As the local National Public Radio station plays election returns coverage, here are the stories I collected this week related to the world of work and the people who do it.
Catt Small @ Model View Culture | Ten Lessons Learned from Organizing Diversity-Focused Events.
[2. Help Attendees Be Inclusive]…Even if your event has all-gender bathrooms and name tags with preferred pronouns on them, bad things can still happen due to ignorance. Some attendees might not understand microaggressions. One great way to ensure that an inclusive event will go well is to provide tips for inclusivity in the form of an introduction presentation.
Some things we covered in our tips for inclusivity were the use of positive terminology, having empathy for others, and avoiding labels and stereotypes. These tips were shown on a single slide and elaborated on in the presentation.
An introduction presentation is also a great time to mention your event’s anti-harassment policy and who to talk to in the case that someone violates it – that way, no one can say they didn’t know about it!
Melissa @ Nothing In Winnepeg | Do You Know About Jian?
This is the moment when I first learned. I was 24 years old perhaps — I’m counting back, trying to remember what was then, and when was that — and, after about six years slogging it out in freelance music writing, finally ghosting around the edges of my first fancy industry party. And there was a man gliding towards the bar, wearing the liquid smile that rides the faces of most self-satisfied stars. King of the scene in dark-wash denim jeans.
I turned to an old friend of mine, a man who had logged many years in the music biz. “Isn’t that Jian Ghomeshi?”
He sipped his beer and nodded, but what he said next I had not expected. “Be careful,” he said, with the dark and searching eyes of someone who is holding a story that isn’t theirs to tell.
“Just be careful,” he repeated, darkly. “He’s weird, with women.”
Derrick Clifton @ Identities.Mic | So You Want to Be a Male Feminist?
As a man, being a feminist isn’t some special badge you earn after going to a rally, speaking out for gender equality or holding another man accountable for sexist behavior. It’s not about getting “ally cookies” or a pat on the back every time you do something that’s considered pro-feminism. Rather, it’s about making sure your actions aren’t sexist, transphobic or reinforcements of gender-based bigotry. It is not going above and beyond to act respectfully and in solidarity with women working towards gender equality.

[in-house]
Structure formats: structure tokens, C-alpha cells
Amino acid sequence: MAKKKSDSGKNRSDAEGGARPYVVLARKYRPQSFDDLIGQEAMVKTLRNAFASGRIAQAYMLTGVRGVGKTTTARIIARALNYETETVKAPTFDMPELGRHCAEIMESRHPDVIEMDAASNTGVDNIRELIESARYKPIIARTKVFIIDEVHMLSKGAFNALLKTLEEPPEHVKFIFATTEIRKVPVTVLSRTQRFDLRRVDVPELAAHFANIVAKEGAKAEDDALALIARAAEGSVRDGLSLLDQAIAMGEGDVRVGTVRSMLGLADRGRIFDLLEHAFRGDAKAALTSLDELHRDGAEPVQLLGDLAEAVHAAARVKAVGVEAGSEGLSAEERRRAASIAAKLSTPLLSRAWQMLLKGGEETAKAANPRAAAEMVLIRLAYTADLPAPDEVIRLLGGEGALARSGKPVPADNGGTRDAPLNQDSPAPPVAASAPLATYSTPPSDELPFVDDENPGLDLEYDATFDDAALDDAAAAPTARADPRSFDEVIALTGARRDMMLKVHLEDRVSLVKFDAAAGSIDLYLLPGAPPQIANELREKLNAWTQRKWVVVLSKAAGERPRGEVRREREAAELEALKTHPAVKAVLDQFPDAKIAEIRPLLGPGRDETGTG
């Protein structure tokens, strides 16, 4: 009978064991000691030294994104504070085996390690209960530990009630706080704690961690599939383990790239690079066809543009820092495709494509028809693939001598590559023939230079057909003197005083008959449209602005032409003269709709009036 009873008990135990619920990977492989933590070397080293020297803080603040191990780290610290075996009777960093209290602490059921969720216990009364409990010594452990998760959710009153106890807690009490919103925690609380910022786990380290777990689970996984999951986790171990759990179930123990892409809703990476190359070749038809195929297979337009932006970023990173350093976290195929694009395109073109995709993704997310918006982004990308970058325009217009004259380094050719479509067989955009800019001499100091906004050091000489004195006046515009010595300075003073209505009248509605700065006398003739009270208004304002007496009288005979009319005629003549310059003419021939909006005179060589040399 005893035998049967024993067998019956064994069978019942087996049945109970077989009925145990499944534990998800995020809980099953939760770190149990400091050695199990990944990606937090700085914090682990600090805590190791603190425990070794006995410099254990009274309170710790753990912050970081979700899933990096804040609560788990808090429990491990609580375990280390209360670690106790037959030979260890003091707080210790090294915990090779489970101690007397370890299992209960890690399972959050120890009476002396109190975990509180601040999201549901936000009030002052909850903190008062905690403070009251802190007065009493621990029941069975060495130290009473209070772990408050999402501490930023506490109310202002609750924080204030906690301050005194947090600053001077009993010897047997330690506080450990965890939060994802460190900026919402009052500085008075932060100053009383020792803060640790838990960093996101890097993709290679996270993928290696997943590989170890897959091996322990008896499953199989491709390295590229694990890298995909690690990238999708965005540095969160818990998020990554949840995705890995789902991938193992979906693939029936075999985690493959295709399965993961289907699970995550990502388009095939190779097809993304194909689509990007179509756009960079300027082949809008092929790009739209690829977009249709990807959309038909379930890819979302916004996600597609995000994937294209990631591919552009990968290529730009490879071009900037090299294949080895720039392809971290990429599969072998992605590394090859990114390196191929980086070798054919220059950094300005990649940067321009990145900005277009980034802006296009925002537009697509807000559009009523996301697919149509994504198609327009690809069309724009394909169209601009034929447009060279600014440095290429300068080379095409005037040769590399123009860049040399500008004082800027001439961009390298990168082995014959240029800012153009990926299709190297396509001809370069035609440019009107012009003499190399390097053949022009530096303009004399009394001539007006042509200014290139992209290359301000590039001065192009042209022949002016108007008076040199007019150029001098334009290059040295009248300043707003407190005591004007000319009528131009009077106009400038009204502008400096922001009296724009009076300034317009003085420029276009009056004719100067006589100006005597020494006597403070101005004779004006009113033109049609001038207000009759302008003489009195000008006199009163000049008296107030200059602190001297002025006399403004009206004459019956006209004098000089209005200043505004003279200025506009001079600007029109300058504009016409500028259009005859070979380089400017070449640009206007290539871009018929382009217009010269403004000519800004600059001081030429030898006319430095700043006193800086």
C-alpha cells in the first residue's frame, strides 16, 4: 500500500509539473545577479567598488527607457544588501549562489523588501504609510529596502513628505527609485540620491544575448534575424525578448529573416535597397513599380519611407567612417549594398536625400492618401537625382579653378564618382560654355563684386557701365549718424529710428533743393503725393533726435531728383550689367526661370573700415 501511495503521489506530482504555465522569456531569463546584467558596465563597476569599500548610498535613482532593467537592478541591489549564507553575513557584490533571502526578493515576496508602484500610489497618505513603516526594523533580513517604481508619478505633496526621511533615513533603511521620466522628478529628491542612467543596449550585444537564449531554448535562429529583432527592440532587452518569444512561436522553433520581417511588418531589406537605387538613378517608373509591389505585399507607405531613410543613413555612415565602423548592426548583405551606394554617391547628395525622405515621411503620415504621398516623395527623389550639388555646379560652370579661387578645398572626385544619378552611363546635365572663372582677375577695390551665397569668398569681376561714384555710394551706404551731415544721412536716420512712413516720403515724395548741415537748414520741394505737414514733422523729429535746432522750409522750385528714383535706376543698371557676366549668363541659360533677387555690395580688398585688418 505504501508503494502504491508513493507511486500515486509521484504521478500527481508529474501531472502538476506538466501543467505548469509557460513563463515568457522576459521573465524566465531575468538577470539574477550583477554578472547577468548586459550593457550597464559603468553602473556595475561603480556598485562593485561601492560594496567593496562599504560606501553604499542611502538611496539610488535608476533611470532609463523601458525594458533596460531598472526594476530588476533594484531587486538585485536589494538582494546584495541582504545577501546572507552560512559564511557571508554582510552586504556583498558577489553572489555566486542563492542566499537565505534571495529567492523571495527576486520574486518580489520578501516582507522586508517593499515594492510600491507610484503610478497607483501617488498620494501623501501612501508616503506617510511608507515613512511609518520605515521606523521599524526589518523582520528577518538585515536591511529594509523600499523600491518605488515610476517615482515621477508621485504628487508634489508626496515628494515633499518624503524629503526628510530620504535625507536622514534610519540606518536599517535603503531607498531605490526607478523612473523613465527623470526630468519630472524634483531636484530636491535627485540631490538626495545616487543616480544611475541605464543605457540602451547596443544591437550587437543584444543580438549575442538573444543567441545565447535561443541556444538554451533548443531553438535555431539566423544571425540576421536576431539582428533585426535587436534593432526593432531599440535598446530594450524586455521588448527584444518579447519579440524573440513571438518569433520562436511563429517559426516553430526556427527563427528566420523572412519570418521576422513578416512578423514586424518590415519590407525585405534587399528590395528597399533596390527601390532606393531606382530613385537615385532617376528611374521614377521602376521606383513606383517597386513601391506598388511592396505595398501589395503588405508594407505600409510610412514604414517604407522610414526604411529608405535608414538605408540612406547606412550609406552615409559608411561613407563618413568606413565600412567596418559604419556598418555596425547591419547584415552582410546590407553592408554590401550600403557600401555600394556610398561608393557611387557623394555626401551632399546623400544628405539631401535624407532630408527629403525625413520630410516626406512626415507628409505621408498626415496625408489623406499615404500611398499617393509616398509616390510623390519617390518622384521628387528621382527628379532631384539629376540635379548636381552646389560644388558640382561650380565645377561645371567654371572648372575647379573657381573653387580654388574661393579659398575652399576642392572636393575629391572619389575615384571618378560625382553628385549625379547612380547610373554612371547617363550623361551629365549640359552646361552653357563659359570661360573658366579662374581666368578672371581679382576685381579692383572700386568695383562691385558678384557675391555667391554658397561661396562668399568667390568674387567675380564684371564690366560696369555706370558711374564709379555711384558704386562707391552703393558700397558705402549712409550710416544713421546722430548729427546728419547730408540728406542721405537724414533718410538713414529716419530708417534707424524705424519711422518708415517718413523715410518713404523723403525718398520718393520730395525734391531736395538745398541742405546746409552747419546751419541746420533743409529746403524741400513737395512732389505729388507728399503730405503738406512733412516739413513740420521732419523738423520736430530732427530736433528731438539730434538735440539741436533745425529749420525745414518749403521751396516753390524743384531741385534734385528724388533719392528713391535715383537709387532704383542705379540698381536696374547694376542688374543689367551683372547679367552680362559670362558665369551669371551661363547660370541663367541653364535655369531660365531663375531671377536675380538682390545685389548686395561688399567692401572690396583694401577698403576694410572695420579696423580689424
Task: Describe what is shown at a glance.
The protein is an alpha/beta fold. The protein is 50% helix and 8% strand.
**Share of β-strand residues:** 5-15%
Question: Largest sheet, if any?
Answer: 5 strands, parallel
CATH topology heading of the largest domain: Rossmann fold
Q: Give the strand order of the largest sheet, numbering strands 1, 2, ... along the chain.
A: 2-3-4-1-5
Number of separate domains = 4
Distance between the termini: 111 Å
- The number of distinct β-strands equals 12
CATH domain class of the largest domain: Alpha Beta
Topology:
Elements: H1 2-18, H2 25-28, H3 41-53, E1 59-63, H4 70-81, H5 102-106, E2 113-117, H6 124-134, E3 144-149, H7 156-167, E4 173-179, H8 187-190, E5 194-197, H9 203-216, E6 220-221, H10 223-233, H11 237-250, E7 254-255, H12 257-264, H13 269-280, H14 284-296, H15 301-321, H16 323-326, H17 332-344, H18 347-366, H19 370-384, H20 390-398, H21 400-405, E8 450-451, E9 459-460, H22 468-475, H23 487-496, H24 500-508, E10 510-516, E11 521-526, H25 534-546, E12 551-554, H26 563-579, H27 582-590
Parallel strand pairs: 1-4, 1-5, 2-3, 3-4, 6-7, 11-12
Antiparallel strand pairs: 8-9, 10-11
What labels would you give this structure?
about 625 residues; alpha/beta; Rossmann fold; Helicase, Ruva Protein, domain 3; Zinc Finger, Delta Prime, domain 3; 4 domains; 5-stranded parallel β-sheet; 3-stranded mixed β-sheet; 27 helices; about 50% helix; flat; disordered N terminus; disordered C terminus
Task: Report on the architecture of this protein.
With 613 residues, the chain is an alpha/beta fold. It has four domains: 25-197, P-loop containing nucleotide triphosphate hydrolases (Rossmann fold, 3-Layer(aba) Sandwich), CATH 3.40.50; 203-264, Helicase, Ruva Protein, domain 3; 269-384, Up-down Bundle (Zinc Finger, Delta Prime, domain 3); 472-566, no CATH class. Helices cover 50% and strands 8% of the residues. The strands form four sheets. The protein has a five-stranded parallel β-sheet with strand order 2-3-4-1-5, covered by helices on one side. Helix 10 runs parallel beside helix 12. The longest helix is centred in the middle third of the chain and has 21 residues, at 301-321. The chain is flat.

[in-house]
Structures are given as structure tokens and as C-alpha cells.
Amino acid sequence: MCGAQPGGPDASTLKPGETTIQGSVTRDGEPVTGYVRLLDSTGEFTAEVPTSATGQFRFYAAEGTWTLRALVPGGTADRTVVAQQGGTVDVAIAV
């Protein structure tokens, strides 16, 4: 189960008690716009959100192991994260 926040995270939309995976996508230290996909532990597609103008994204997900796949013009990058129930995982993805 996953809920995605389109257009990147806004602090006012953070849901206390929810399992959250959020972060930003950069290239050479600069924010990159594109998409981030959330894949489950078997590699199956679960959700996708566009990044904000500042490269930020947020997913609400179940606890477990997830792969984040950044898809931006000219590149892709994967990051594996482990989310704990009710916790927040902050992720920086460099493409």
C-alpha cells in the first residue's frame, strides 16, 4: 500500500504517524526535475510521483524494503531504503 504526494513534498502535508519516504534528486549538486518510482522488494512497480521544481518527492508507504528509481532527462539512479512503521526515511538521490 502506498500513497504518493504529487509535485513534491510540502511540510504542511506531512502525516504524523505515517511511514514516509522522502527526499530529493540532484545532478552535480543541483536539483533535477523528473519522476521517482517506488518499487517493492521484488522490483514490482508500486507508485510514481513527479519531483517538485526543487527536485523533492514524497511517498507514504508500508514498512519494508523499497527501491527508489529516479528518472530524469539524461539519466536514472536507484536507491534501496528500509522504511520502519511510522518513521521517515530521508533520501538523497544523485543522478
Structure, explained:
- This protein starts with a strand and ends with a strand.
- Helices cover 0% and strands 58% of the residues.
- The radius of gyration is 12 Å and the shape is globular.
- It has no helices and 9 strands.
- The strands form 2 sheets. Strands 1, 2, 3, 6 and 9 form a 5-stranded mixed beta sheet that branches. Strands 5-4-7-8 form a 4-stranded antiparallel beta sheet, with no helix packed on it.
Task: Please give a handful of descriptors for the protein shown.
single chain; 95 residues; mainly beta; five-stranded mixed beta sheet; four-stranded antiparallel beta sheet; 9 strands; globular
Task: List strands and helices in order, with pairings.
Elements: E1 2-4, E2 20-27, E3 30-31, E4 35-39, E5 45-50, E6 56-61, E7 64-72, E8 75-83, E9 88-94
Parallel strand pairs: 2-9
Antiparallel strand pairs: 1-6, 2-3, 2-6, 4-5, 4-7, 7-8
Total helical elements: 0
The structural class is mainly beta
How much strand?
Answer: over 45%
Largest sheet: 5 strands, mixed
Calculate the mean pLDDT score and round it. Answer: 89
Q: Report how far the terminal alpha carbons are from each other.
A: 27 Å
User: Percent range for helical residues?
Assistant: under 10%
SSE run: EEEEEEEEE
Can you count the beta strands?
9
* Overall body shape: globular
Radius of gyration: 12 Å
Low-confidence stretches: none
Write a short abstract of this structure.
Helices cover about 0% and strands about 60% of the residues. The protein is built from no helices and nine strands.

Rachel Walden @ Our Bodies, Our Blog | Why Corporate Promotion of Egg Freezing isn’t a “Benefit” to All Women.
Despite the financial generosity, this might not be a good deal for healthy employees of these companies — or for women in the workplace in general.
While some news outlets have addressed the high cost of egg freezing — at least $10,000 per ovarian stimulation cycle and $500 a year for storage — there’s more to be concerned about than the high cost or the low chances of success (according to the Society for Assisted Reproductive Technology, for a woman age 38, the chance of one frozen egg leading to a live birth is 2 to 12 percent).
We’ve pulled together a number of articles discussing the potential health risks and the complicated messaging to women employees. Please feel free to add what you’re reading in the comments.
Clare Shaw & Lucy Ward @ The Guardian | Dark Thoughts: Why Mental Illness in On the Rise in Academia.
Dr Alan Swann of Imperial College London, chair of the higher education occupational physicians committee, blamed “demands for increased product and productivity” for rising levels of mental health problems among academics.
He says: “They all have to produce results – you are only as good as your research rating or as good as your ability to bring in funding for research.”
Swann says most academics are stressed rather than mentally unwell: “They are thinking about their work and the consequences of not being as good as they should be; they’re having difficulty switching off and feeling guilty if they’re not working seven days a week.”
Academics and researchers can become isolated and not realise how “out of kilter” their working lives are, he says.
On Point (NPR) | Tim Cook and Being Out at Work in America (audio only; my apologies).
Last week, Apple CEO Tim Cook made history when he became the first Fortune 500 CEO to come out as gay. And not just out, but proud and very clear about it. “I consider being gay,” Cook wrote in an essay in Bloomberg Businessweek, “among the greatest gifts God has given me.” It is striking that in 2014, this was still the first top tier CEO to be publically gay. And of course, being Apple, this is tip-top tier. In 29 states, you can still be fired for homosexuality. This hour On Point: Tim Cook’s coming out, and how it is today for gays in the American workplace.
Sam Dylan Finch @ Let’s Queer It Up! | What You’re Actually Saying When You Ignore Someone’s Gender Pronoun.
Some folks simply don’t understand what they are saying when they refuse to use someone’s stated gender pronouns.
When someone states their pronouns (he, she, ze, they, etc), they are asking for your respect. And when you choose not to use these pronouns, and instead opt for your own, you are not only invalidating someone’s identity, but you are also saying a plethora of harmful things that you likely never intended.
So what are you really saying when you’ve decided to continue using a pronoun that someone doesn’t identify with? Here are just a few things you could be suggesting when you use the incorrect pronouns…
And finally, three regular round-ups you might be interested in adding to your RSS aggregation of choice:
Rosalind Kemp @ The Reach Blog: Diversity Roundup – October
By Their Strange Fruit: Christianity & Race: Friday Fruit (10/31/2014)
Jazmin @ Persephone Magazine: PoC News in America